Using socat to send arbitrary IPv4 traffic

One of the more interesting tasks I've had recently was to figure out what a firewall did when IPv4 was sent through it. Sounds simple enough right? Just place something like a web server on one side of the firewall and then use curl to access it. This does in fact send IPv4 traffic. That covers TCP. Some clever use of the netcat command can then be used to quickly test UDP connectivity as well. If you're knowledgeable of network protocols, you might also know that ICMP exists and that ping can send ICMP packets.

But what about the rest of IPv4? Wikipedia does in fact list dozens of other known protocols. Some of these are reasonably well known, like IP in IP. Others such as "UDP Lite" are completely unknown to me. The main issue with trying to test a firewall with such traffic is that even if software is well known for a particular protocol is unlikely to be as accessible as a tool like curl. After all, I don't really need to set up a proper IP encapsulation link. I just need to find out how the firewall handles packets that appear to be IP in IP encapsulation.

Using socat

As it would turn out, there is in fact a solution to this. The socat tool is designed to be a command line tool for interacting with sockets. You can send an arbitrary packet by combining some commands line tools together

echo -ne 'bob' | sudo socat - ip4-sendto:

This particular example sends an IPv4 packet to a destination IP of with protocol number 4. The packet contents is the string 'bob' which as you might guess does not conform to any actual protocol standards. You can actually see this with tcpdump running on your local computer

$ sudo tcpdump -i lo -n -vvvv -s 65535 -X 'ip and not icmp and not tcp and not udp'
tcpdump: listening on lo, link-type EN10MB (Ethernet), snapshot length 65535 bytes
21:33:35.683579 IP (tos 0x0, ttl 64, id 10901, offset 0, flags [DF], proto IPIP (4), length 23) > IP6, wrong link-layer encapsulation (invalid)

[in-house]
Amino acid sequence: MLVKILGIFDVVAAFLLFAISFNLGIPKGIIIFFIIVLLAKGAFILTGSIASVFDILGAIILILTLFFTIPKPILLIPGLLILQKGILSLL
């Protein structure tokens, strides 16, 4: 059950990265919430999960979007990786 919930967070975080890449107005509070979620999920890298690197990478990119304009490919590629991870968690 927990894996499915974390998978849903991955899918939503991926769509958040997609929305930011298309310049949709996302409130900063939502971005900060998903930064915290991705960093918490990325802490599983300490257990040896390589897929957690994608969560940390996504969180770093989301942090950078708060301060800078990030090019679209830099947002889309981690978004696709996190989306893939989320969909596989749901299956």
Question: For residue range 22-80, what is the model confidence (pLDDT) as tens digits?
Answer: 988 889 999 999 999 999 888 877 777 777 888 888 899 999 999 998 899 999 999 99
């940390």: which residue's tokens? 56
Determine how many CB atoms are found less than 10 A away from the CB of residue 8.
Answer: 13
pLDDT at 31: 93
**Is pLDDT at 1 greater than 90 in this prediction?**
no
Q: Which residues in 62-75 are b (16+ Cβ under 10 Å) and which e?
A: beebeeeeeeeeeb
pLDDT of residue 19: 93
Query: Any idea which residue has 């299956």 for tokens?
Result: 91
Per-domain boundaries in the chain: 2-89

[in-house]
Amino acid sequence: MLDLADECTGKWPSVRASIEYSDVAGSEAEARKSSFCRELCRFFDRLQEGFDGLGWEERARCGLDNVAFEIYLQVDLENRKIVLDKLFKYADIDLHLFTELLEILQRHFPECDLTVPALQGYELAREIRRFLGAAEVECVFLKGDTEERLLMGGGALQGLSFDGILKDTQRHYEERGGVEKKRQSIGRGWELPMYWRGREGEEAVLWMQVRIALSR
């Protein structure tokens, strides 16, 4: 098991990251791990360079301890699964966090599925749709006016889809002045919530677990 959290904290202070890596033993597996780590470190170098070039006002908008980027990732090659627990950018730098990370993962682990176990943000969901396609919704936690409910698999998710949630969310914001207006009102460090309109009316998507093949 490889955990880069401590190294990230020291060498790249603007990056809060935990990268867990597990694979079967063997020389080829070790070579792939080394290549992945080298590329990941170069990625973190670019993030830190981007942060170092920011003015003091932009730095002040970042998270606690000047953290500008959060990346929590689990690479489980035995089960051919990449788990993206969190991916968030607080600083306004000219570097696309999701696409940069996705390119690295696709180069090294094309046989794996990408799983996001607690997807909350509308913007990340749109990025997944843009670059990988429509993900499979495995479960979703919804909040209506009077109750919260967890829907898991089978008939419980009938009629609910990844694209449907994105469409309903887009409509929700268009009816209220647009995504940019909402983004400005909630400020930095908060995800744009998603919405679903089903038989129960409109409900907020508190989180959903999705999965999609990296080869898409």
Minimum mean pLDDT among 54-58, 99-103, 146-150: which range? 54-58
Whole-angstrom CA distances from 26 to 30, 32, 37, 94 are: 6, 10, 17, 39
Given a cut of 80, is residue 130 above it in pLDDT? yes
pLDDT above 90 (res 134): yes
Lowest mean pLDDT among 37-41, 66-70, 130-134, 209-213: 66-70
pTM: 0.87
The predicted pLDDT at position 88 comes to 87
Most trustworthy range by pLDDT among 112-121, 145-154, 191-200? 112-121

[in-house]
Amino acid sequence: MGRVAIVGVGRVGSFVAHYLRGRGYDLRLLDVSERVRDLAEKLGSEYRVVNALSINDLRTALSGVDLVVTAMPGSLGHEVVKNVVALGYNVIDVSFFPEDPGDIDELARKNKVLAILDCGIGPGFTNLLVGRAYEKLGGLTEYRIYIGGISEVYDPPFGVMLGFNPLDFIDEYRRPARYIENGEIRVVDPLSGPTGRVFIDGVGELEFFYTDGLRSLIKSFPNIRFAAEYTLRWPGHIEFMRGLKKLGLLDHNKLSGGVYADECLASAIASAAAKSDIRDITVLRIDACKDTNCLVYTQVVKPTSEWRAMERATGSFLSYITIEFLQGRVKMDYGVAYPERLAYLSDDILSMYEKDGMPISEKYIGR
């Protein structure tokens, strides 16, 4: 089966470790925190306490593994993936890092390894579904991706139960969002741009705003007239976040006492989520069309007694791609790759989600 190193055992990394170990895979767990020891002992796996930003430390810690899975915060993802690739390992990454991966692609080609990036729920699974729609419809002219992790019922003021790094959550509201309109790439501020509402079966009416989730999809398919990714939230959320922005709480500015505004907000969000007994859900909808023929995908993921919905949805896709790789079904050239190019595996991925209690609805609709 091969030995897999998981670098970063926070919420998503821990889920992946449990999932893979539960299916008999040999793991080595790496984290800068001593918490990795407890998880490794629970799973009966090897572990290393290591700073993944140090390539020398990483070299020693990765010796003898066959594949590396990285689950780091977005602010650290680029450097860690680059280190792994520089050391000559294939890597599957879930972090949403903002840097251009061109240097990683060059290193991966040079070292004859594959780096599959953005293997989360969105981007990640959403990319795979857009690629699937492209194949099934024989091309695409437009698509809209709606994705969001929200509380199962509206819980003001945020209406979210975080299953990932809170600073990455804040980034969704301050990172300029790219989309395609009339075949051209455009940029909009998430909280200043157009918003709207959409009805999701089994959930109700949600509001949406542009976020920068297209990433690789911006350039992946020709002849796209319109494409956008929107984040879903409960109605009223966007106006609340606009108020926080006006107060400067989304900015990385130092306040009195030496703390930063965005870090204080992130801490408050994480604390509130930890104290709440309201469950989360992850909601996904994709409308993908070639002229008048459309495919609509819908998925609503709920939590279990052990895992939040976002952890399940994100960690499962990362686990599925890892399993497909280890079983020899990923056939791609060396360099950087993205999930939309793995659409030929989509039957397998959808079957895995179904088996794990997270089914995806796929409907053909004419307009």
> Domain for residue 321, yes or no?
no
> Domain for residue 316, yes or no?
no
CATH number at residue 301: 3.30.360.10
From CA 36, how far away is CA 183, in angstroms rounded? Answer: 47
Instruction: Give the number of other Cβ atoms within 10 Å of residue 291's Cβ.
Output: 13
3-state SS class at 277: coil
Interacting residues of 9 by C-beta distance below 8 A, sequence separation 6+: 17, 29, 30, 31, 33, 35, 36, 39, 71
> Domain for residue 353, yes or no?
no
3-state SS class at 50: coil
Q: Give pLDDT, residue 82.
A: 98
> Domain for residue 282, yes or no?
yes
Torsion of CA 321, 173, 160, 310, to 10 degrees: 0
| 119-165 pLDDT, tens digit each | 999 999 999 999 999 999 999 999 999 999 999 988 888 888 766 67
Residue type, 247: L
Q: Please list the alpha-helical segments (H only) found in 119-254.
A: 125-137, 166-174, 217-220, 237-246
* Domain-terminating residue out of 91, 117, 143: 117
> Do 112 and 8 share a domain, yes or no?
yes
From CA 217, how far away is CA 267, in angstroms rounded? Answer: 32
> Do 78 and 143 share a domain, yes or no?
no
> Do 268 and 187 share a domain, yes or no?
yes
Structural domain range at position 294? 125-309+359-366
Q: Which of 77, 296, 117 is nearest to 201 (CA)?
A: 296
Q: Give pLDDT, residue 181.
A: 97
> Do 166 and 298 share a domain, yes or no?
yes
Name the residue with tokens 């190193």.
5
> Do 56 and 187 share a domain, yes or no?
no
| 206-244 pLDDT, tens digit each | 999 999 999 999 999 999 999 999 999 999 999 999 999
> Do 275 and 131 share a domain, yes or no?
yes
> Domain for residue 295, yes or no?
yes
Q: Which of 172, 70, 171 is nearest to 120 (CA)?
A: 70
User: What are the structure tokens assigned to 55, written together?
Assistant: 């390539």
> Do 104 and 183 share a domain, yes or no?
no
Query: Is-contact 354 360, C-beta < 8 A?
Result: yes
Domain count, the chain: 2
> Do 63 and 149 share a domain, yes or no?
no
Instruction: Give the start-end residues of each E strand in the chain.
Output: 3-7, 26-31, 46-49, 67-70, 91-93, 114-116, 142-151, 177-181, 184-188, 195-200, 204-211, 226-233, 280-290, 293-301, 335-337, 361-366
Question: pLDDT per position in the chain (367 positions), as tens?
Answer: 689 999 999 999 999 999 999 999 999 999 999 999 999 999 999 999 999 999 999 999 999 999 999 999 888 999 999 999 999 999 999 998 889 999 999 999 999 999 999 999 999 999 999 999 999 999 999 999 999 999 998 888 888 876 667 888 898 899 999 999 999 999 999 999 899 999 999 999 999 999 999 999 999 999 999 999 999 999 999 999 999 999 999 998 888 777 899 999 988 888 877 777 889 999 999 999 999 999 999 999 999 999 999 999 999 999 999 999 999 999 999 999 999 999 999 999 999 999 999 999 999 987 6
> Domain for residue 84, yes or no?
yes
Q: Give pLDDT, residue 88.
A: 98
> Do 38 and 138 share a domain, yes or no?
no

0x0000:  4500 0017 2a95 4000 4004 124c 7f00 0001  E...*.@.@..L....
    0x0010:  7f00 0001 626f 62                        ....bob
1 packet captured
2 packets received by filter
0 packets dropped by kernel

Since in my case I just needed to confirm the firewall behaviors in the presence of different IPv4 protocols, this worked out great. I can send basically any packet that appears to be any of the protocols. If I actually need to send a valid packet I could craft one as well


Of course socat supports more than just IPv4. So you can use this technique to send IPv6 traffic as well.

echo -ne "Hello IPv6" | sudo socat - 'ip6-sendto:[fe80::5054:ff:feb0:d38e%enp7s0]:136'

Since the address is IPv6, it needs to be enclosed in the square brackets []. I'm also using a link local address, which means I use the percent sign % to specify what interface to communicate on. The packet sent looks like this according to tcpdump

03:45:08.016368 IP6 (flowlabel 0xc71b6, hlim 64, next-header unknown (136) payload length: 10) fe80::83eb:45ba:3eda:6a0a > fe80::5054:ff:feb0:d38e:  ip-proto-136 10
    0x0000:  600c 71b6 000a 8840 fe80 0000 0000 0000  `.q....@........
    0x0010:  83eb 45ba 3eda 6a0a fe80 0000 0000 0000  ..E.>.j.........
    0x0020:  5054 00ff feb0 d38e 4865 6c6c 6f20 4950  PT......Hello.IP
    0x0030:  7636                                     v6

Copyright Eric Urban 2024, or the respective entity where indicated